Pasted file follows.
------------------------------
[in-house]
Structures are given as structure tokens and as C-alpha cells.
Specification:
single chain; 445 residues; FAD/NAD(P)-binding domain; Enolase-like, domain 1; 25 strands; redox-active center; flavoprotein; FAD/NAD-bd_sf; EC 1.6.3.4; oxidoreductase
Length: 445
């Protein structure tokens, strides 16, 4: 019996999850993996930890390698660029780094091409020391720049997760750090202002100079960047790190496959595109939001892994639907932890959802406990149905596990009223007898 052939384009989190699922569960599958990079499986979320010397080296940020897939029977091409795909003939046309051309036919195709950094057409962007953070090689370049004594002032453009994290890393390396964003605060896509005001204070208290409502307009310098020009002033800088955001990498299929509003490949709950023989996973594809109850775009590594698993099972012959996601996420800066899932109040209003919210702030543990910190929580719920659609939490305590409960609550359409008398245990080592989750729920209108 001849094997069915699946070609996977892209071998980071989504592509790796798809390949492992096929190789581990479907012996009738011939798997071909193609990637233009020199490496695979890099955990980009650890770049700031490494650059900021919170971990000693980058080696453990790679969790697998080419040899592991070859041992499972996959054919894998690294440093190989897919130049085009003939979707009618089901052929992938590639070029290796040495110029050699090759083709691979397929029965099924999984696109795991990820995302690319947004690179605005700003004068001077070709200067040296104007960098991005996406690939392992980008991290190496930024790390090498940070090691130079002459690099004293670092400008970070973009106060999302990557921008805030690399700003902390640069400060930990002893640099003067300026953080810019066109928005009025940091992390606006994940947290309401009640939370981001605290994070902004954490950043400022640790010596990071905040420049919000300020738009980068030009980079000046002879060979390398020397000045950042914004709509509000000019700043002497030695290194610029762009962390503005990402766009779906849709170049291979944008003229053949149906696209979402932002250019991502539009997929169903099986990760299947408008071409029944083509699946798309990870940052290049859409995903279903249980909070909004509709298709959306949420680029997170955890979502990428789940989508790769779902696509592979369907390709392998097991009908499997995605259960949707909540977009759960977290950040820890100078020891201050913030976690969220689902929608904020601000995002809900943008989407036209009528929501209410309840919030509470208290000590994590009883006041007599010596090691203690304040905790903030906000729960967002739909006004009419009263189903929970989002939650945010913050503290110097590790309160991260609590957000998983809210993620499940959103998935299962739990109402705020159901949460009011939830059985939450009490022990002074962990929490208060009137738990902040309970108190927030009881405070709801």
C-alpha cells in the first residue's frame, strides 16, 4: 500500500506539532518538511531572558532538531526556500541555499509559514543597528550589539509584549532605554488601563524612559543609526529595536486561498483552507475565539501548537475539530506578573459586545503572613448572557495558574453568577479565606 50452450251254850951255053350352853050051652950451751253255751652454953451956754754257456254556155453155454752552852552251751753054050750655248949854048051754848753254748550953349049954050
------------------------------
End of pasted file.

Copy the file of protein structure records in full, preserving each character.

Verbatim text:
[in-house]
Structures are given as structure tokens and as C-alpha cells.
Specification:
single chain; 445 residues; FAD/NAD(P)-binding domain; Enolase-like, domain 1; 25 strands; redox-active center; flavoprotein; FAD/NAD-bd_sf; EC 1.6.3.4; oxidoreductase
Length: 445
């Protein structure tokens, strides 16, 4: 019996999850993996930890390698660029780094091409020391720049997760750090202002100079960047790190496959595109939001892994639907932890959802406990149905596990009223007898 052939384009989190699922569960599958990079499986979320010397080296940020897939029977091409795909003939046309051309036919195709950094057409962007953070090689370049004594002032453009994290890393390396964003605060896509005001204070208290409502307009310098020009002033800088955001990498299929509003490949709950023989996973594809109850775009590594698993099972012959996601996420800066899932109040209003919210702030543990910190929580719920659609939490305590409960609550359409008398245990080592989750729920209108 001849094997069915699946070609996977892209071998980071989504592509790796798809390949492992096929190789581990479907012996009738011939798997071909193609990637233009020199490496695979890099955990980009650890770049700031490494650059900021919170971990000693980058080696453990790679969790697998080419040899592991070859041992499972996959054919894998690294440093190989897919130049085009003939979707009618089901052929992938590639070029290796040495110029050699090759083709691979397929029965099924999984696109795991990820995302690319947004690179605005700003004068001077070709200067040296104007960098991005996406690939392992980008991290190496930024790390090498940070090691130079002459690099004293670092400008970070973009106060999302990557921008805030690399700003902390640069400060930990002893640099003067300026953080810019066109928005009025940091992390606006994940947290309401009640939370981001605290994070902004954490950043400022640790010596990071905040420049919000300020738009980068030009980079000046002879060979390398020397000045950042914004709509509000000019700043002497030695290194610029762009962390503005990402766009779906849709170049291979944008003229053949149906696209979402932002250019991502539009997929169903099986990760299947408008071409029944083509699946798309990870940052290049859409995903279903249980909070909004509709298709959306949420680029997170955890979502990428789940989508790769779902696509592979369907390709392998097991009908499997995605259960949707909540977009759960977290950040820890100078020891201050913030976690969220689902929608904020601000995002809900943008989407036209009528929501209410309840919030509470208290000590994590009883006041007599010596090691203690304040905790903030906000729960967002739909006004009419009263189903929970989002939650945010913050503290110097590790309160991260609590957000998983809210993620499940959103998935299962739990109402705020159901949460009011939830059985939450009490022990002074962990929490208060009137738990902040309970108190927030009881405070709801």
C-alpha cells in the first residue's frame, strides 16, 4: 500500500506539532518538511531572558532538531526556500541555499509559514543597528550589539509584549532605554488601563524612559543609526529595536486561498483552507475565539501548537475539530506578573459586545503572613448572557495558574453568577479565606 50452450251254850951255053350352853050051652950451751253255751652454953451956754754257456254556155453155454752552852552251751753054050750655248949854048051754848753254748550953349049954050